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Evertype: Alice in Wonderland -- in Appalachian English!

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Evertype would like to announce the publication of Byron W. Sewell and Victoria J. Sewell’s translation—or perhaps transposition—Alice's Adventures in an Appalachian Wonderland which is written in the rich Appalachian dialect of West Virginia. The book is fully illustrated by Byron in the style of John Tenniel's classic illustrations. A page with links to Amazon.com and Amazon.co.uk is available at http://www.evertype.com/books/alice-en-appal.html . Bookstores can order copies at a discount from the publisher.




Michael Everson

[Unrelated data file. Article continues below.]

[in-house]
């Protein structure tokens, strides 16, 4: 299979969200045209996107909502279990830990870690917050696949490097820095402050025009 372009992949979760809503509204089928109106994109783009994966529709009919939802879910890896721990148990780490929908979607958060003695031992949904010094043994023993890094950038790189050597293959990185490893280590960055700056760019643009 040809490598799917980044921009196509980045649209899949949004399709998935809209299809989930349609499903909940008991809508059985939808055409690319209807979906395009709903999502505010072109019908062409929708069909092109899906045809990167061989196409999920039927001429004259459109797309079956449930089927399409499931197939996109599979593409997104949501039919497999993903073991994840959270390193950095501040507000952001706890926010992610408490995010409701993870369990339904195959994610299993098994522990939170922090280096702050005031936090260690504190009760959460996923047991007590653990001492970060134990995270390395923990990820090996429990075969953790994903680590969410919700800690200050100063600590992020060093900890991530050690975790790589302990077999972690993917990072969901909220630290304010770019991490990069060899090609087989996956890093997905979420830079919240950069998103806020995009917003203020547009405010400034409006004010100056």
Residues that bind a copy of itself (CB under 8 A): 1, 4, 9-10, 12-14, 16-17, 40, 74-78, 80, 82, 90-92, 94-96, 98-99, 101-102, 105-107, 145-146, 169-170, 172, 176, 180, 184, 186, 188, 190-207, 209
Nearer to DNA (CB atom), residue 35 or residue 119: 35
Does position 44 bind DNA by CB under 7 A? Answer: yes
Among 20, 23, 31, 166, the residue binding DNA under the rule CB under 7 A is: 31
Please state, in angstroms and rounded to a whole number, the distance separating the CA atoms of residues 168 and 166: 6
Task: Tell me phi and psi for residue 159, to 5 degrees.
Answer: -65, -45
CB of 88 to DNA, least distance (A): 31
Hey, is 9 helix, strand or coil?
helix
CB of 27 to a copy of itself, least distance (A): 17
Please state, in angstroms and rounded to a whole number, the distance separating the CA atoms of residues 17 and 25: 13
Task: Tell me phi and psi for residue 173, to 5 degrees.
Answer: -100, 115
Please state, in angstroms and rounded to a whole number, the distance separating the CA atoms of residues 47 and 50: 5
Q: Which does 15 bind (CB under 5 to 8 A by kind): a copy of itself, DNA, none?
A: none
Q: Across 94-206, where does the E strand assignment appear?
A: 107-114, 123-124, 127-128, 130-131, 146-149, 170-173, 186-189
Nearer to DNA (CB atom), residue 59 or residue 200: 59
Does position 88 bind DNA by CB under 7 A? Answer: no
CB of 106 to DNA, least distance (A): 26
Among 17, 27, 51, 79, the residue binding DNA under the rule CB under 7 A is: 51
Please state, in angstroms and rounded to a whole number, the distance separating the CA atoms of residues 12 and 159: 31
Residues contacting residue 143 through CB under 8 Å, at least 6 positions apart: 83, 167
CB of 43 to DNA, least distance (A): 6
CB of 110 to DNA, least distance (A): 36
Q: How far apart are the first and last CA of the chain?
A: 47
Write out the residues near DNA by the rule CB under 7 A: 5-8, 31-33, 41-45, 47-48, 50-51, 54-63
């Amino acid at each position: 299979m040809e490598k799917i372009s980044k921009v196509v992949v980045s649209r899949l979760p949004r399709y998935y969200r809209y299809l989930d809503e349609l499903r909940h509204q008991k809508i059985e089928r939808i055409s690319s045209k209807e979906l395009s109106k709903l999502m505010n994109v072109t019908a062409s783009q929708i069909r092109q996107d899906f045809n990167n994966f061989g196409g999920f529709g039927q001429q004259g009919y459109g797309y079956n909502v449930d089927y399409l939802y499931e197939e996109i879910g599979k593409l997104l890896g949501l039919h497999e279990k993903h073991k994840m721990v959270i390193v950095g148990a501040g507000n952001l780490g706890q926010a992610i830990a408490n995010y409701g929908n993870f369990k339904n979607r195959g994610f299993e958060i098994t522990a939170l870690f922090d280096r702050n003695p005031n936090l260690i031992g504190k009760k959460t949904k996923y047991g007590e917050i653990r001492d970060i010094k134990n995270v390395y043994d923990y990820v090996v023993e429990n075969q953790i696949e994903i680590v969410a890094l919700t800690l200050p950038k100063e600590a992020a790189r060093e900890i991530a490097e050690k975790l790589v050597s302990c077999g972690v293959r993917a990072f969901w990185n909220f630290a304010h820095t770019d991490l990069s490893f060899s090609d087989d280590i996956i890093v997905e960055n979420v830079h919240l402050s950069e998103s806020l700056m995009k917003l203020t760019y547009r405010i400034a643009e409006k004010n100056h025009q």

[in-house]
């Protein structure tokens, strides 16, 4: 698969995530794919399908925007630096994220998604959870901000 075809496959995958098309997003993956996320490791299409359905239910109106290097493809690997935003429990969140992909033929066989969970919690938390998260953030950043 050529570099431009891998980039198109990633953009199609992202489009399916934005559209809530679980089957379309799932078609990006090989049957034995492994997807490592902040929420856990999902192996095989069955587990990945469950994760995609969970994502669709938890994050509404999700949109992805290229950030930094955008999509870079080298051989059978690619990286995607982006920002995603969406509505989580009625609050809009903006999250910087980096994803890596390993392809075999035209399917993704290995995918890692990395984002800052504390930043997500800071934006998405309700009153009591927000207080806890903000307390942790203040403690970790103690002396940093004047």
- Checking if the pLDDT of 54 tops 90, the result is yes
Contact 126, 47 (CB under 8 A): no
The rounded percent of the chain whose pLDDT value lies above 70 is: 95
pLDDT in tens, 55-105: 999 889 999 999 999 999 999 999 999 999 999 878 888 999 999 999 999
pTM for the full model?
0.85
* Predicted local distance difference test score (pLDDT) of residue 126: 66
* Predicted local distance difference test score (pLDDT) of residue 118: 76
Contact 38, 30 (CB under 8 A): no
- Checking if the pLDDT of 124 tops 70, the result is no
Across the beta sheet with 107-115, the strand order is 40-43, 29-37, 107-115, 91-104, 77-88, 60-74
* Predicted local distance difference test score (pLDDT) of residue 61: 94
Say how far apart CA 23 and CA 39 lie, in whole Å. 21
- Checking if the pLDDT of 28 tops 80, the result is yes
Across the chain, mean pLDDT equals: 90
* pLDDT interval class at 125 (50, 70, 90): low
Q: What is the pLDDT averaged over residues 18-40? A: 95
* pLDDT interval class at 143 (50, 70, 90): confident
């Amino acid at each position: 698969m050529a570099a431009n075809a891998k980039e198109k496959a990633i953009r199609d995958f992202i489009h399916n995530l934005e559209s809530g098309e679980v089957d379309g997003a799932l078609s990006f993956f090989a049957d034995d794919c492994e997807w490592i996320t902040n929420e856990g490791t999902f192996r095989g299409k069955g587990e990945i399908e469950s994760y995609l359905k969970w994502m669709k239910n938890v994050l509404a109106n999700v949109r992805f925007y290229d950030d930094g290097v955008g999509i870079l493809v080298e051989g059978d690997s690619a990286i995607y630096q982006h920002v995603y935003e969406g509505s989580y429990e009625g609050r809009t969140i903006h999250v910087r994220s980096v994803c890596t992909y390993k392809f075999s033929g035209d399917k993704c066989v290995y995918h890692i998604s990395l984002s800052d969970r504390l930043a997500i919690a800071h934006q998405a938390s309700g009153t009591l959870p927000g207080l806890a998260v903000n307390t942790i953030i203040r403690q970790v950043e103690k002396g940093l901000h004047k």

Evertype, alice-in-wonderland-books.com

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The Woolly Bar an Alice peer at each other fer a spell in silence: finally the Woolly Bar takes the corncob pipe thet he’s a-smokin out o his mouth, an says te her in a sleepy voice as thick an slow as molasses in January: “Who the heck’re you?â€


This ain’t an encouragin start at a conversation. Alice replies, a mite shy, “I—I don’t rightly know, Sir, jist at the moment—leastwise I knows who I was when I got up this mornin, but I figger I must’a changed sevral times since then.â€


“How’d thet be?†says the Woolly Bar. “Splain yersef!â€


“I cain’t splain ma-sef, I’m afeared, Sir,†says Alice, “cause I ain’t ma-sef, see?â€


“No, I don’t see,†says the Woolly Bar.


“I’m afeared I cain’t put it any plainer,†Alice replies, real polite, “cause I cain’t figger it ma-sef, an bein so many sizes in a day is powerful confusin.â€

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